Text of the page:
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TV: The opiate of adults who want to be treated as such

Yesterday in this space I was jawing on - in the kind of sarcastic manner that only a man frazzled and writing on a Friday can muster - about the often absurd complaints of the Parents Television Council. The idea run up the flagpole was that in its regular lists of shows to condemn, the PTC actually has a good nose for interesting TV.

The PTC's reason for being, now diluted, is the protection of children from things on TV that might have an unhealthy influence on them. The mission has been diluted because it has largely focused on issues that make it a combatant in the U.S. culture wars. The stridency of its broadsides at "Hollywood" undermine its own message.

It is also a relic of the past, when there was less TV and everybody was watching the same handful of channels and shows. These days, thanks to a number of cable channels, there is television for adults, television for the young and television for everybody. Television that is watched by kids who are still under adult supervision is a category unto itself.

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At around the time my jawing-on was going to press, there appeared online a teaser for the new season of Dexter, which will arrive this fall. It features blood, murder and mayhem. You know, I was once told by a mother that her kids loved Dexter. That is, they really liked the character of Dexter Morgan, the serial killer with a heart of gold. They didn't understand much of what was going on, but Dexter seemed a really nice, kid-friendly guy. They'd seen it by accident, really, and she stopped their access to it. But the kids' reaction raises an interesting point - what defines television for adults?

Television can no longer be called with any justification "the opiate of the masses," because the "mass" audience no longer exists. In fact, I put it to you that, thanks to the existence of a long list of sophisticated shows, television is now the number-one opiate for adults in search of compelling, grown-up storytelling.

The TV landscape has splintered, and that's a very good thing. Some broadcasters have ceased to aim to appeal to everyone and offend no one. Okay, perhaps in this neck of the woods, the CBC is still trying to appeal to everyone.

Right now we've got a ton of shows that are clearly for adult consumption. The Killing on AMC is adult - not because it features profanity, sex and nudity (it doesn't) - but because it's about grief and the basic principles of truth and loyalty as grown-ups understand them. It also has a very grown-up weariness about the world. The Borgias, airing Sundays on Bravo!, is probably a puzzle to anyone under 30. It's about power, manipulation and ruthlessness. It's not about being popular.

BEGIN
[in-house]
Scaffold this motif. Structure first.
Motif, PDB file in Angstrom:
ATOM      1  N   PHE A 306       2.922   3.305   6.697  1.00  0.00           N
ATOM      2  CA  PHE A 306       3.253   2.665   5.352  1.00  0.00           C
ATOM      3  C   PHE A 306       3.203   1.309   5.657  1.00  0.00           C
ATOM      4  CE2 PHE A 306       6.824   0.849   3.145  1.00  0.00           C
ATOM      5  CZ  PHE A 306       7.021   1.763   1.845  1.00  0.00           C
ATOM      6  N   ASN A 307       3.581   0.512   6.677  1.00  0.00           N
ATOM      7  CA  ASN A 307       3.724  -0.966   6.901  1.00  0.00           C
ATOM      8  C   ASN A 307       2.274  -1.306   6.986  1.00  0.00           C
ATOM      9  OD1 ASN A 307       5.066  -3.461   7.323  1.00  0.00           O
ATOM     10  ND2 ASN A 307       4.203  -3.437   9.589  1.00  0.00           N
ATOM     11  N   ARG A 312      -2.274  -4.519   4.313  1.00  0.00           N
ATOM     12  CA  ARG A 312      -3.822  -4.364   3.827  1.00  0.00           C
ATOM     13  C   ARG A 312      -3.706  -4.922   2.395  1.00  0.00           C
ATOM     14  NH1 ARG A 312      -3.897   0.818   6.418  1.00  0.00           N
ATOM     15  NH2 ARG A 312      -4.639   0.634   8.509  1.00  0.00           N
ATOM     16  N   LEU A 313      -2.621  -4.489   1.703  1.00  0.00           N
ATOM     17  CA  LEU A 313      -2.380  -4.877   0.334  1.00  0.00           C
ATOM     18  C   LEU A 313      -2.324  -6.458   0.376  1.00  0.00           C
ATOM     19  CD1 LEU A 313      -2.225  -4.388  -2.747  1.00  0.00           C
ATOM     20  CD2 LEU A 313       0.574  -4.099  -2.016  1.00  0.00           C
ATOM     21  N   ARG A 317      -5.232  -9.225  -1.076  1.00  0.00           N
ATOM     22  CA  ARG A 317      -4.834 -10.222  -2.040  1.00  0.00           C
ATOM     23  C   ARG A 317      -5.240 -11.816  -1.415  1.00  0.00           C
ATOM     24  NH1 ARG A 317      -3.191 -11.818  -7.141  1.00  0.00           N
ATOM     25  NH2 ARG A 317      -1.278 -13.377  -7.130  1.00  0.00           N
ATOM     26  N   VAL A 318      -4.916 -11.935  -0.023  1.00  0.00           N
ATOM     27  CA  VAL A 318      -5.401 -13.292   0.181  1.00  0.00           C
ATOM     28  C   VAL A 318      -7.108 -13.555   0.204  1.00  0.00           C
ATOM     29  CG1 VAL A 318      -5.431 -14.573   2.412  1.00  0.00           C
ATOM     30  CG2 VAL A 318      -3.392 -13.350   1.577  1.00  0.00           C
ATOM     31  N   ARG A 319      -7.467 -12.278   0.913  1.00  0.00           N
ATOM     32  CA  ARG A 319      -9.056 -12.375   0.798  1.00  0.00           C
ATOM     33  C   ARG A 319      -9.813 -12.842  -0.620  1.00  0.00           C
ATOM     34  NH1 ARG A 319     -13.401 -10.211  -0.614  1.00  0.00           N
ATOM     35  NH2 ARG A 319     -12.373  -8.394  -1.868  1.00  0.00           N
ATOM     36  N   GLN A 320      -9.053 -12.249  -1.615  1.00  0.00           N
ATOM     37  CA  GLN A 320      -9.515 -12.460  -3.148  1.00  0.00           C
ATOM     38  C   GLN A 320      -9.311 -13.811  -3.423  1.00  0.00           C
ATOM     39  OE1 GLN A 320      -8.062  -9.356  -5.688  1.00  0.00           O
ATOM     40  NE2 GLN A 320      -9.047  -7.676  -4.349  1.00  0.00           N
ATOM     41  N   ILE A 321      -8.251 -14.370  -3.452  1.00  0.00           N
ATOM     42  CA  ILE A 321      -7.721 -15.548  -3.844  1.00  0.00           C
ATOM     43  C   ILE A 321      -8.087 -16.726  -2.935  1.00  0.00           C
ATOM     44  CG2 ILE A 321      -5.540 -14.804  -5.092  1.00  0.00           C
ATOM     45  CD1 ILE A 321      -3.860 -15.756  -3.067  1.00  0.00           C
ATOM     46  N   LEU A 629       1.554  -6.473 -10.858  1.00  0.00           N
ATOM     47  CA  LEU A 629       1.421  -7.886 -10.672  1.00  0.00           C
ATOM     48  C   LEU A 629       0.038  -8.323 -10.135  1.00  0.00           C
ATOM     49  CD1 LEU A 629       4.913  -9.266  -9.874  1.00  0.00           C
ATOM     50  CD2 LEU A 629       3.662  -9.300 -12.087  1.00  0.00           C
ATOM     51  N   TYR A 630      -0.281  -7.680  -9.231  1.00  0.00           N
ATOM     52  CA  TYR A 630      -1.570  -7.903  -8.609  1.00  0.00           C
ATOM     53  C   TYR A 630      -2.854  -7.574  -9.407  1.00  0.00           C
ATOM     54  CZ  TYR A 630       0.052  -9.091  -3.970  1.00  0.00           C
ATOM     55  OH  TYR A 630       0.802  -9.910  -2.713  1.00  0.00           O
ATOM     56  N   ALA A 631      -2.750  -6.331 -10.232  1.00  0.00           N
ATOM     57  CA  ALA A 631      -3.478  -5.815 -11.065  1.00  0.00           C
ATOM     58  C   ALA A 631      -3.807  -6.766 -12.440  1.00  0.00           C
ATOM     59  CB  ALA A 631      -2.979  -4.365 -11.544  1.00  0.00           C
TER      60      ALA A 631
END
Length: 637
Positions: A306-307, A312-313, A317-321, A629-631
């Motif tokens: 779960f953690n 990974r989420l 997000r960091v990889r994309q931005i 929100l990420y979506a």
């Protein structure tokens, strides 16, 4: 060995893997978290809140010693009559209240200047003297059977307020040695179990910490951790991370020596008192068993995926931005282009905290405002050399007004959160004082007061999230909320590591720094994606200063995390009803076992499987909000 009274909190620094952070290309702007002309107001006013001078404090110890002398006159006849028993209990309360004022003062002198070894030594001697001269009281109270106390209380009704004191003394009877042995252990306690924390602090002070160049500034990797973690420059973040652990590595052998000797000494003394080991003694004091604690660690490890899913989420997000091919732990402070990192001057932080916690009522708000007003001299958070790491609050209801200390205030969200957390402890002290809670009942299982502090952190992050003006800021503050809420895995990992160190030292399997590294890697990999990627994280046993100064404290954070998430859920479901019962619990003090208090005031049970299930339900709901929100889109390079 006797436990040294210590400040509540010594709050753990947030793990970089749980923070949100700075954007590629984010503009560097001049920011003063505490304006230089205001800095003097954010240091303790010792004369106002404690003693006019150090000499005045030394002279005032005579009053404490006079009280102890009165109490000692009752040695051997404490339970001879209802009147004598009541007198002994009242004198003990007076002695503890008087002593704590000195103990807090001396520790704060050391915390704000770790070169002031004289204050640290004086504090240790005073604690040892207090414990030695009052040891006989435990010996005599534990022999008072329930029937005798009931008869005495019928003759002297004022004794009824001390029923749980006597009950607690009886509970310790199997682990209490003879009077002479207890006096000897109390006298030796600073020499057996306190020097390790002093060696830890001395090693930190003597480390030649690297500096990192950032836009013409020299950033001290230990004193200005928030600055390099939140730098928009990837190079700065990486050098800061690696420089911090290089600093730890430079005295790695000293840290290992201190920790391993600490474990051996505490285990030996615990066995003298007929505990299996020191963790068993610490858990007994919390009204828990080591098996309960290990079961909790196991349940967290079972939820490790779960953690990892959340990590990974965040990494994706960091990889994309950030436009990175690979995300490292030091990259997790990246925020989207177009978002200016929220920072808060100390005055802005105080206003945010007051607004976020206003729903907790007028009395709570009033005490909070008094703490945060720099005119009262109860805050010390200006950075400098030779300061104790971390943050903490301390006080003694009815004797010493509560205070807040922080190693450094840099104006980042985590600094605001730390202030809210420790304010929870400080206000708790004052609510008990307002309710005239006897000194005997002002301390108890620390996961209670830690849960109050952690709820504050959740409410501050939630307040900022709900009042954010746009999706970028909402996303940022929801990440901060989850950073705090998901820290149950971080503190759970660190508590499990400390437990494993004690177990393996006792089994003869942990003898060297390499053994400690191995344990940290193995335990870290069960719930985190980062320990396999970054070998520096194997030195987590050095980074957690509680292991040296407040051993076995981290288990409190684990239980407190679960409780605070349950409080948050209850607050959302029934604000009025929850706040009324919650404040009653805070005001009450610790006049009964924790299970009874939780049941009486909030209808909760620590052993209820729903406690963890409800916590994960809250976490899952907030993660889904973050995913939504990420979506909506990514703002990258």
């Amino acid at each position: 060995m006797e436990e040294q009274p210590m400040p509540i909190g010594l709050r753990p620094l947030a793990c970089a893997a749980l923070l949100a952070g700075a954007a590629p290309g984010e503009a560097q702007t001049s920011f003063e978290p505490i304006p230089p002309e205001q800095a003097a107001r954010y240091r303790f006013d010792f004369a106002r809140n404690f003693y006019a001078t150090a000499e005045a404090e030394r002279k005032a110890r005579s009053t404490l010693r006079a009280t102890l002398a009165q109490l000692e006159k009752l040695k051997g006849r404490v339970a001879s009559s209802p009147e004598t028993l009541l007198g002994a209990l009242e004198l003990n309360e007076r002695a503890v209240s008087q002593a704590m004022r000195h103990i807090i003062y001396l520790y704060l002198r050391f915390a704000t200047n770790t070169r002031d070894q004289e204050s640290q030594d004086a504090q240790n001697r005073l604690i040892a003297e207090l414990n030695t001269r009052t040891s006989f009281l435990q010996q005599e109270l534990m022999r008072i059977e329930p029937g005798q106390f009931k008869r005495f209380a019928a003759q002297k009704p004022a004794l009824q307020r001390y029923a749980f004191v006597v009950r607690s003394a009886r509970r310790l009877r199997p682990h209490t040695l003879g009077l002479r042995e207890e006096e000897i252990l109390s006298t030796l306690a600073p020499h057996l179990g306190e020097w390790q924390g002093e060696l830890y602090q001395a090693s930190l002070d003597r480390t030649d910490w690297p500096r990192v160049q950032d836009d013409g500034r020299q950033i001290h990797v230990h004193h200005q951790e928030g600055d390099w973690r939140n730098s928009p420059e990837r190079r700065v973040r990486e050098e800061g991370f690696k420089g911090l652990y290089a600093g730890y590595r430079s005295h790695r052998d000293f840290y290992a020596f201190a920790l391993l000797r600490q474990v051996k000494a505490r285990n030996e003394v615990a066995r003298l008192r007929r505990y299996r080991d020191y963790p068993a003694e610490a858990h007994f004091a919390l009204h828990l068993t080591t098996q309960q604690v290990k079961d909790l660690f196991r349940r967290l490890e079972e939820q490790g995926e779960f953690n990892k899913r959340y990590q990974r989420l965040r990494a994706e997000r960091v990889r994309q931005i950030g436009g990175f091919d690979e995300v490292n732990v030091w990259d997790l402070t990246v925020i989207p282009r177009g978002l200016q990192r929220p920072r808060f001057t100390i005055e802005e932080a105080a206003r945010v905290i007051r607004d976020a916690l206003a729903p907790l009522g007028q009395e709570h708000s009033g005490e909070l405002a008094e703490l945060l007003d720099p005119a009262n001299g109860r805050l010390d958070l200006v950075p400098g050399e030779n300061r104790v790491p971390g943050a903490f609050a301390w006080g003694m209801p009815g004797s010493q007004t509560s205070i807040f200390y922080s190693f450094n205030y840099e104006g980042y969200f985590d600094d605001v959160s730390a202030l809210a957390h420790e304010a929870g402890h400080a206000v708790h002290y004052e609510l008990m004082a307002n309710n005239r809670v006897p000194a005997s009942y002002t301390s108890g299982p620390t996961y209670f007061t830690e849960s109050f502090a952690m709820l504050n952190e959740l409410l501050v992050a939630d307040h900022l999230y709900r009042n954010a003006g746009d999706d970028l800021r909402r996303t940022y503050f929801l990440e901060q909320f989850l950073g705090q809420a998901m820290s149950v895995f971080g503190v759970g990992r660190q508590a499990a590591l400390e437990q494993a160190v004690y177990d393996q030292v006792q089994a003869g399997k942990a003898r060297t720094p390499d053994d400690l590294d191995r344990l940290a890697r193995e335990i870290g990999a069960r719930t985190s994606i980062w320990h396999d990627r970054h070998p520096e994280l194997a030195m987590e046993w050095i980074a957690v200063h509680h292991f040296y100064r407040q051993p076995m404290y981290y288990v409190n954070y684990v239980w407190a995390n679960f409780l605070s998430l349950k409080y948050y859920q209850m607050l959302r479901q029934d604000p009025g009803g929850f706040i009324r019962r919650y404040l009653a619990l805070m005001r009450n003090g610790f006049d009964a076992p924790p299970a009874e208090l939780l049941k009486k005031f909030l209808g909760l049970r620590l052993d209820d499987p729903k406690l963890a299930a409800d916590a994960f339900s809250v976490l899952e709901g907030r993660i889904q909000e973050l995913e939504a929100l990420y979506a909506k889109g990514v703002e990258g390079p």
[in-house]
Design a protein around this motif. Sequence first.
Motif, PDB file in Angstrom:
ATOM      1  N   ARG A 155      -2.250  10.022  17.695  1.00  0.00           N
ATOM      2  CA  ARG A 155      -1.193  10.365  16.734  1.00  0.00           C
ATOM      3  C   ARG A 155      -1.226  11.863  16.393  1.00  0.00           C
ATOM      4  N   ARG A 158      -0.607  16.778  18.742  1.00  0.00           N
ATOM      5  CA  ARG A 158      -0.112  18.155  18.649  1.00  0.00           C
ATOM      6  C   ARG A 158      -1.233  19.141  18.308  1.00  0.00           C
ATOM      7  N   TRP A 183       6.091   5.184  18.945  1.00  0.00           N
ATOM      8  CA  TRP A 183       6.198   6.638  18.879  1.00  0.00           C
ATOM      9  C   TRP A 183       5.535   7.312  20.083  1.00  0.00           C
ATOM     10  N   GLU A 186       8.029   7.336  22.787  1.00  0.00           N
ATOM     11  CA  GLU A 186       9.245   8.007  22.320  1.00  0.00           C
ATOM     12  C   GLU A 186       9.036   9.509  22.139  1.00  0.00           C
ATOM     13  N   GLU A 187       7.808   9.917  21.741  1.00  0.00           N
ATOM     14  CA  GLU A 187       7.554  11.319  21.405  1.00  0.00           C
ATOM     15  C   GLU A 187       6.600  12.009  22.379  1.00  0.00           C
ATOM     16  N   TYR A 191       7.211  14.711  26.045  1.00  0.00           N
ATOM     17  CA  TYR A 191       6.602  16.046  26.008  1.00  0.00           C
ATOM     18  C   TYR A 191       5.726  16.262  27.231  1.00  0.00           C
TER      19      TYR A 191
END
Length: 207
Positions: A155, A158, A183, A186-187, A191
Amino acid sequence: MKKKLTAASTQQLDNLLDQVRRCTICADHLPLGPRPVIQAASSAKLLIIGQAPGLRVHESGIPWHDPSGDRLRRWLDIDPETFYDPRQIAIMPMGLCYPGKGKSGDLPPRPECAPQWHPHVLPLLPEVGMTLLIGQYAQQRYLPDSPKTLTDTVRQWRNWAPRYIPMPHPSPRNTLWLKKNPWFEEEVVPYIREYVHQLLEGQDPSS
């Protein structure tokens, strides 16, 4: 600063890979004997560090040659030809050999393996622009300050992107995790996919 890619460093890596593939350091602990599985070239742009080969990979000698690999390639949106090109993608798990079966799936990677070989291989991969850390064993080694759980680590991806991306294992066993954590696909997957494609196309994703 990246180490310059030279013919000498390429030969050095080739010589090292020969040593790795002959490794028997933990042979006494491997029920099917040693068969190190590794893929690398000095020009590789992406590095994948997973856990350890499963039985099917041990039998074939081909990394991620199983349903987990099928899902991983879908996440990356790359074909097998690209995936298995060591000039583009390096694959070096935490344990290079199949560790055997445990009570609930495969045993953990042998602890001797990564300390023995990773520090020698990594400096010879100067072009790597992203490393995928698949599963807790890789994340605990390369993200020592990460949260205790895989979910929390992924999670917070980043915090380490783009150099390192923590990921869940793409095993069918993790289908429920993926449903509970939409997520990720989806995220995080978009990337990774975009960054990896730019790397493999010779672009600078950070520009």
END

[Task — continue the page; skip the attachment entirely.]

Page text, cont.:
True Blood, which returns on HBO Canada in June, is another show that appears to be all sparkle and fun, but it's often a vicious and subtle satire of all sorts of sexual politics and more. The Twilight movies phenomenon is for kids. True Blood is way over their heads.

By the way, True Blood is one of the few of those adult shows that's back this summer. Dexter and Mad Men won't air until later. In recent years, we've seen an interesting trend develop - summer movies are for kids but summer TV is essentially for grown-ups.

Now then - this week and for the next while there will be a number of shows about the ritual of the high-school prom. Both teenagers and adults will watch a lot of these shows but for different reasons. The kids will watch for information about the ritual and older viewers will watch with a sense of nostalgia. Tonight's episode of Glee (Fox, Global, 9 p.m.) is all about the Prom. Both adults and teenagers watch Glee, and the adults watch for those moments of irony, humour and heartbreak that younger viewers don't care about or recognize.

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Very few shows achieve this, and even in the case of Glee, it's unlikely that anyone over the age of 60 is watching. Very few shows manage to draw viewers from 8 to 80. Almost no TV entertainment manages to be elastic enough in its content to appeal to all ages, to be the "big tent" show that draws multiple demographics into it. American Idol is it.

Another hallmark of adult TV is, I think, the viewers' concentration on the actual storytelling content. Shows that ostentatiously include standalone webisodes, Twitter accounts, phone apps and other digital gimcrackery are for a younger audience. Adults just don't have the time or inclination for the frippery. And they know that Dexter is unsuitable for children. They just know.


Frontline: Kill/Capture (PBS, 9 p.m.) looks at what it calls "a covert campaign that officials have credited with taking out thousands of Taliban and al-Qaeda fighters in Afghanistan." The program claims to have "gone inside the military's 'kill/capture' operations to discover new evidence of the program's impact, and its costs."

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About the Author
Television critic

John Doyle is The Globe and Mail's television critic. His column appears in the Review section Monday to Thursday and on Saturday. He has been the paper's critic since 2000. More

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